Prime Minister's question time was in disarray today after opposition leader Ian Duncan-Smith persistently questioned Tony Blair on whether or not he regularly wore his wife's underclothing.
"I put it to the house," said Mr Duncan-Smith, "that under the current government, NHS waiting times are up: that crime is up: that hidden taxation has risen at unprecedented levels: and that Tony Blair often parades about number ten in his wife's frillies."
In the ensuing uproar, it was two minutes before Mr Blair could answer these allegations. Standing gaunt and tired from his recent world sycophantic efforts, Mr Blair said: "Mr Speaker, it is simply untrue that NHS waiting times are up, and in real terms crime under this government has fallen steadily, as indeed has direct taxation. And on the subject of underwear, well, the right honourable gentlemen and his party are fine ones to talk. He stands before us now in a rather fetching Basque, and those rubber, thigh-length boots are surely nothing to do with the rain outside."
Mr Duncan-Smith remained unmoved. In his follow up question, he once again alluded to Mr Blair's involvement in the recent 'Cash for Skimpies' scandal.
"Mr Speaker, the Prime Minister will not bluff his way around the issues this time. I ask him to answer the questions, important questions to which the entire country demands answers: are NHS waiting times up? Is crime up? Is taxation up? And where does Cherrie buy those skimpy crotch less silk jobs that the Prime Minister is wearing today?"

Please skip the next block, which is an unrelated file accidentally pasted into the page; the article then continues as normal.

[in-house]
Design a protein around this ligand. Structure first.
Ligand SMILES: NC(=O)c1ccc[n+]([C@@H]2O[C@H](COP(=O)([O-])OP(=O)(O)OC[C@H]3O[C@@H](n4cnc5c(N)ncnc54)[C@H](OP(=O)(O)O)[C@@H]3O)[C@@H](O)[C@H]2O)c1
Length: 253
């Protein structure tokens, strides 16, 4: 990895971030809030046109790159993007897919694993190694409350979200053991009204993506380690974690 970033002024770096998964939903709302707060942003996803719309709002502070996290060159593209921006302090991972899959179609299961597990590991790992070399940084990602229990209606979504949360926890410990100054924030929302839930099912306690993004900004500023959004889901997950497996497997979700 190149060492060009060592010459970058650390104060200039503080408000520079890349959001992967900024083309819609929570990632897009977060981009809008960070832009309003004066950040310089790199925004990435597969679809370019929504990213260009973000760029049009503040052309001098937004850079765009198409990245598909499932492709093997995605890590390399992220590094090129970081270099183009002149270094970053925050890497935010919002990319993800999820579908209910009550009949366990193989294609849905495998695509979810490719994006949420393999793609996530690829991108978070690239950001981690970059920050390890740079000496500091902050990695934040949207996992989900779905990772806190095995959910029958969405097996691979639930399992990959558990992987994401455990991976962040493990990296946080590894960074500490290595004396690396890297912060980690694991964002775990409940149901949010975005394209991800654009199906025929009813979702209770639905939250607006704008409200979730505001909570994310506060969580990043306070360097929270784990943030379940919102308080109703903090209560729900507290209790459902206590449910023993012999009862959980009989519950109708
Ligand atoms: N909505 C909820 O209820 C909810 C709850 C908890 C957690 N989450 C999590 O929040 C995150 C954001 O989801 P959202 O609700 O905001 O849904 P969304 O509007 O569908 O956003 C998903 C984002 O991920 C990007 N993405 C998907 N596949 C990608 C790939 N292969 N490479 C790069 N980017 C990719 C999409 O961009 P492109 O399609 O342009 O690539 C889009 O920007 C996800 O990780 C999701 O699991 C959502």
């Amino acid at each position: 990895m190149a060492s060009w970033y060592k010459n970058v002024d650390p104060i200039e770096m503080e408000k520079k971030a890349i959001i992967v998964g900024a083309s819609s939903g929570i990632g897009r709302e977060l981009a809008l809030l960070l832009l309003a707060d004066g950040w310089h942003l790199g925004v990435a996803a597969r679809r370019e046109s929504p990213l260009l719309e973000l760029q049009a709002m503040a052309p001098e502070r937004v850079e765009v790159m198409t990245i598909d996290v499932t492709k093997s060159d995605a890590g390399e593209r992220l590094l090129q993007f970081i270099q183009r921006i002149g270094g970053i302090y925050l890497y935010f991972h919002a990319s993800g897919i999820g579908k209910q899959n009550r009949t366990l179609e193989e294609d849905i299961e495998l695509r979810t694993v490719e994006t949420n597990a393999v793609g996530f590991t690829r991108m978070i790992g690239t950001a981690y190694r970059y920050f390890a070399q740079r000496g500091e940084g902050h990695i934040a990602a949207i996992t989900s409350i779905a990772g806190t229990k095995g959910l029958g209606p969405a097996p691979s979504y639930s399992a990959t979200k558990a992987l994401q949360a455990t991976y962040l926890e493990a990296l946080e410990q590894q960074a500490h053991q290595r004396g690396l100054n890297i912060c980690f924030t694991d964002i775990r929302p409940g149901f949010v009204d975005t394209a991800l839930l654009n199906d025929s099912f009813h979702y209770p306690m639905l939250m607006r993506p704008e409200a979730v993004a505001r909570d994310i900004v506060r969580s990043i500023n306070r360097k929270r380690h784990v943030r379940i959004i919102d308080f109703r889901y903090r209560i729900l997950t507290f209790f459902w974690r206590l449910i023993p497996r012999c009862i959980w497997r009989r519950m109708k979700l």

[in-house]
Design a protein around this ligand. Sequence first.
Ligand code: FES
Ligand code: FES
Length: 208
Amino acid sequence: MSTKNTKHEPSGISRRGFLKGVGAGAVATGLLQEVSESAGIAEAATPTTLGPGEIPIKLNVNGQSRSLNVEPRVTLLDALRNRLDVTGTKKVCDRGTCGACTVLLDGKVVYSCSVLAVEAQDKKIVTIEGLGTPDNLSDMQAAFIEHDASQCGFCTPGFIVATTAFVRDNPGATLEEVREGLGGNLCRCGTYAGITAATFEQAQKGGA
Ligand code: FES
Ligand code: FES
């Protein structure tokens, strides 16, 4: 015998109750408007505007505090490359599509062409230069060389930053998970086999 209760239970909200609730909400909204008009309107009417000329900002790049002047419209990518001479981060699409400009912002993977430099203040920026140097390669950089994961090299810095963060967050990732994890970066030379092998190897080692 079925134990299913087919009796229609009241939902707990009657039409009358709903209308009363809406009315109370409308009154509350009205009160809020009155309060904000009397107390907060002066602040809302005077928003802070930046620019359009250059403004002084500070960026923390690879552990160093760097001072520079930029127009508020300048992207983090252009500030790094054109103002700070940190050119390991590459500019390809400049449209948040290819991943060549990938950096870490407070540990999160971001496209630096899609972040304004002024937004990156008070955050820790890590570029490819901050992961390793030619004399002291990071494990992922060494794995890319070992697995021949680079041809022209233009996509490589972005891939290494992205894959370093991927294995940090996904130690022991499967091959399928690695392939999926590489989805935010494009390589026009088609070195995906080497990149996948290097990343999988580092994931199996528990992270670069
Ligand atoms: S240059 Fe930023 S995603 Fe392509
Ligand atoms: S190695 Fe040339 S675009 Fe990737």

Again Mr Blair was forced to wait for calm. "Mr Speaker, I have answerer such questions many times before. The answers are, in terms that surely even he can understand, no, no, and no. And frankly, where Mrs Blair buys her underwear is not the issue. The issue is that last year the Tory government paid three million pounds in the purchase of K-Y jelly alone: four million pounds in whipped cream and industrial strength rubber tubing: and cost the NHS a staggering six million pounds in surgical procedures to remove their genitalia from the various orifices of farmyard animals."
Liberal Democrat leader, Charles Kennedy, spoke of his dismay at the proceedings.
"Mr Speaker, I ask the Prime Minister why he persists in even bothering to answer such puerile questions from the honourable gentleman. Surely everyone can see that such back and forth questioning is nothing more than political point scoring? Mr speaker, the two parties opposite would do well to concentrate on the issues of the underwear - they're both blatantly incapable of dealing with anything of major importance."